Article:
Mr. Steward has been married to his wife, Thelma, for 43 years. Their son, David L. Steward II, CEO of Polarity Ltd, is married to Mary and they have two sons, Trey and Julian. Their daughter, Kimberly Steward, is CEO of K Period Media.
Mr. Steward is a member of the Horatio Alger Association of Distinguished Americans and serves on their Board of directors. He also serves on the boards National Academy Foundation (NAF), United Way of Greater St. Louis, Washington University, Variety the Children’s Charity of St. Louis, Boy Scouts of America Great St. Louis Area Council and many other organizations.
Under Mr. Steward’s leadership, WWT has grown to be the most successful business in the history of the Government’s 8A disadvantaged business and small business program. The company has successfully partnered with the DOD, various security agencies, NIH and many other civilian agencies. The company has also been issued clearances at the highest level.
In addition to graduating from Central Missouri State University, Mr. Steward holds an Honorary Doctor of Laws from Washington University, as well as Honorary Doctorates in Humane Letters from numerous colleges and universities. Mr. Steward was the first non-engineer to be awarded the Black Engineer of the Year Award. In 2018, Mr. Steward was presented with Boy Scouts of America’s national-level Silver Buffalo Award for distinguished service.
Mr. Steward and his wife are involved in many philanthropic and community efforts. “I don’t have a business philosophy and a personal philosophy. They are one and the same that I live by 24/7. My wife, Thelma and I come from humble backgrounds, and we have been blessed with more prosperity than we could have imagined when we were young. It is a blessing for us to give to others.”
Brandon K. Mann – Co-Founder, Managing Partner & CEO, Kingdom Capital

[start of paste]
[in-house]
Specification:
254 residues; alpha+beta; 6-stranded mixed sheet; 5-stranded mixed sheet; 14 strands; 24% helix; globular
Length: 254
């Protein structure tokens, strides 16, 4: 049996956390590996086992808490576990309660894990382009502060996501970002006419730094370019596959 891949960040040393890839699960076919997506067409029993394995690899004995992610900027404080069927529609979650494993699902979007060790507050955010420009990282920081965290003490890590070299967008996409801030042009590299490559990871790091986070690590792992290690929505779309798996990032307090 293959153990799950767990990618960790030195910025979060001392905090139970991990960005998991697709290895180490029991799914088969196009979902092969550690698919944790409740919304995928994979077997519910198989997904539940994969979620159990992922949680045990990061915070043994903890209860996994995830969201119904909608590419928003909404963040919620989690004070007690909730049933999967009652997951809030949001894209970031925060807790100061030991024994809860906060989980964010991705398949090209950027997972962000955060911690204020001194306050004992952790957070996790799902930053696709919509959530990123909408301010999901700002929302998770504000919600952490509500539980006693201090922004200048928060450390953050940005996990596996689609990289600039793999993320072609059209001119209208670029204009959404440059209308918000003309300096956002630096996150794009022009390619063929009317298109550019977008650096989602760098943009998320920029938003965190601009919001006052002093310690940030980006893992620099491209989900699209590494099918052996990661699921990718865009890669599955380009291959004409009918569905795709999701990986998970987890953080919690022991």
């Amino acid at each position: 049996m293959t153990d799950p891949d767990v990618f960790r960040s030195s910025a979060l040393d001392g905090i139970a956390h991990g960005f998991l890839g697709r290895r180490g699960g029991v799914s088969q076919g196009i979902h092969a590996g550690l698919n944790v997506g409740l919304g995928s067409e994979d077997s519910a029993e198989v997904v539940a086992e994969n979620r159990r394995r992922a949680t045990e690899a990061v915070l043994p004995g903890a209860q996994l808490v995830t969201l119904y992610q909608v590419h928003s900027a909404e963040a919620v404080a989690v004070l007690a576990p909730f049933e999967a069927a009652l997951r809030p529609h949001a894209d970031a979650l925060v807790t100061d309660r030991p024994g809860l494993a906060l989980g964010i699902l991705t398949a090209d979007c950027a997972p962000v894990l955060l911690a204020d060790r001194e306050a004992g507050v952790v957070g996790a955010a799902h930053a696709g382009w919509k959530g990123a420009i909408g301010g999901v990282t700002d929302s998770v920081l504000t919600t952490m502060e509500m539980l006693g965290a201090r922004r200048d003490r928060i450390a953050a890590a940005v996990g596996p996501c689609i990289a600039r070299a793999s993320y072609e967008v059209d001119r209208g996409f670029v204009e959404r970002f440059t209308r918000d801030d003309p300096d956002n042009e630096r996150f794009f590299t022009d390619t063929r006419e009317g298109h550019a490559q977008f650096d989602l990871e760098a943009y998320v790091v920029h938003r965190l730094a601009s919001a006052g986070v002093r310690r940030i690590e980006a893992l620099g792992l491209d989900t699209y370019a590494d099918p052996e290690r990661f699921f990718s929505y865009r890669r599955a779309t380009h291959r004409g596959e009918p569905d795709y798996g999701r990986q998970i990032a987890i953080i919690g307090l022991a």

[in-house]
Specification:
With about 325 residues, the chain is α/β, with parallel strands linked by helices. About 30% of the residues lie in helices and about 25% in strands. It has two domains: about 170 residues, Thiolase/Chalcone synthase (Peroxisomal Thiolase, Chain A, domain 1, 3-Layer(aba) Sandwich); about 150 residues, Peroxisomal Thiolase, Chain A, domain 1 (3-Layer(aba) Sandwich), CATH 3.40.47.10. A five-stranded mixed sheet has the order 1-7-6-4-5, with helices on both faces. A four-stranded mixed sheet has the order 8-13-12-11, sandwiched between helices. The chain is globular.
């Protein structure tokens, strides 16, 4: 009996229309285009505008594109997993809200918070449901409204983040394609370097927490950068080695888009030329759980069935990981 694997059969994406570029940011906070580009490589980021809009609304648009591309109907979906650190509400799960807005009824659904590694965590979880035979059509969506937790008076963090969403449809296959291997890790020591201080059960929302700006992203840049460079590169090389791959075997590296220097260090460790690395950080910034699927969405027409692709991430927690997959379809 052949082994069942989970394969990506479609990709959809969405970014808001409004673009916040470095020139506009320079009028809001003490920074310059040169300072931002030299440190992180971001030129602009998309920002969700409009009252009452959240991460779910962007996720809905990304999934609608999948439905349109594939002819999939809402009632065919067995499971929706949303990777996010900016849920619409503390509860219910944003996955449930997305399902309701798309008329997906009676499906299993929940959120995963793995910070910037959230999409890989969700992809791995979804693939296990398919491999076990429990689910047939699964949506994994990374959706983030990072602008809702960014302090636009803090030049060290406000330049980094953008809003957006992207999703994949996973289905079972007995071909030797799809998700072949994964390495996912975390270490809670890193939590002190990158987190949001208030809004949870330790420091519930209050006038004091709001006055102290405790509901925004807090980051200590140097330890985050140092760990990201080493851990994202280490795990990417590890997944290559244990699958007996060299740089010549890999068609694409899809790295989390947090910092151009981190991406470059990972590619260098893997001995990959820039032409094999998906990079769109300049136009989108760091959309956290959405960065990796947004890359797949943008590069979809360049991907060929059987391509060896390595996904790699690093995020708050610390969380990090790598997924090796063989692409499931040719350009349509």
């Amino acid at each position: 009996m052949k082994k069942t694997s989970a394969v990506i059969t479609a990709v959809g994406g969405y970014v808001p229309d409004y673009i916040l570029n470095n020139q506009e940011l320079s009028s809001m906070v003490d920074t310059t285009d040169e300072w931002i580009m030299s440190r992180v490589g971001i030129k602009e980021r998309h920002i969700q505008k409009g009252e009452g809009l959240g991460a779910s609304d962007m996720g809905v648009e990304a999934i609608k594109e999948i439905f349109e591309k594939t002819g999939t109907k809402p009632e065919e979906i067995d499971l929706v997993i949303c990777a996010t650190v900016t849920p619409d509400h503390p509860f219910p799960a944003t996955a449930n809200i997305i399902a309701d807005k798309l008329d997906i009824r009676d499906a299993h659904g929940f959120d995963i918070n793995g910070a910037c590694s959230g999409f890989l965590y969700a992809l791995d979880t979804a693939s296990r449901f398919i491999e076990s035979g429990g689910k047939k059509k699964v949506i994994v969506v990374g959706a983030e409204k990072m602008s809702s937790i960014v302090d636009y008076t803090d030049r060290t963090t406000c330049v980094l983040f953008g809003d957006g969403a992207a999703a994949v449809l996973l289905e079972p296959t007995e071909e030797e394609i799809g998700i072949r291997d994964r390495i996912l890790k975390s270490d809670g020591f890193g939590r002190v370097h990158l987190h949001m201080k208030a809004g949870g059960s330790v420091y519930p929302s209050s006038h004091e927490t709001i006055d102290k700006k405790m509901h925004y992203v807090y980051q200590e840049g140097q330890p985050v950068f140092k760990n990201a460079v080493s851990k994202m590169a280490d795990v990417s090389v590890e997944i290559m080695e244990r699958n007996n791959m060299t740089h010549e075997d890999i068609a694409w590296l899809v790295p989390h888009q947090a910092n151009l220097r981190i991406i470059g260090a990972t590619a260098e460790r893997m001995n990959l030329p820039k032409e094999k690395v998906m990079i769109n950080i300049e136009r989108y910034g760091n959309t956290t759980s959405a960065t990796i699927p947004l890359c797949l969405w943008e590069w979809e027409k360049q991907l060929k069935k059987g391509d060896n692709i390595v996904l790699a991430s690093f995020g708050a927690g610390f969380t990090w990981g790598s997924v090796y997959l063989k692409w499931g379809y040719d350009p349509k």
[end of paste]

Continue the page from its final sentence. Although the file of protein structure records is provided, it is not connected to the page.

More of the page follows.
Brandon has been blessed with more than 25 years of diverse executive and board leadership experience. He is the Co-Founder, Managing Partner and CEO of Kingdom Capital, a values-driven private investment and philanthropic firm that seeks to transform the world through a virtuous cycle of capital.
Brandon serves as an advisor to the Board of Directors of World Wide Technology, a global technology solutions firm. Brandon is the Founder and Executive Chairman of Biblical Business Training, a global non-profit ministry that helps people apply Biblical principles at work. He is the co-author of Leadership By The Good Book: Timeless Principles for Making an Eternal Difference, to be published June 2020.
Prior to founding Biblical Business Training, Brandon served in a variety of key executive and board roles helping develop the country’s largest privately held commercial real estate services firm. Brandon also has served on a wide variety of non-profit and ministry leadership and board roles, including University of Missouri, United Way, Bonhomme Church, Kirk Day School, and Westminster Christian Academy.
Brandon graduated top of his BSBA and MBA programs at the University of Missouri in 1994 and 1996 respectively. Originally from Hannibal, Missouri, Brandon is married to his high school sweetheart, Lisa, and they are blessed with three children: Logan, Kaitlyn, and Gavin.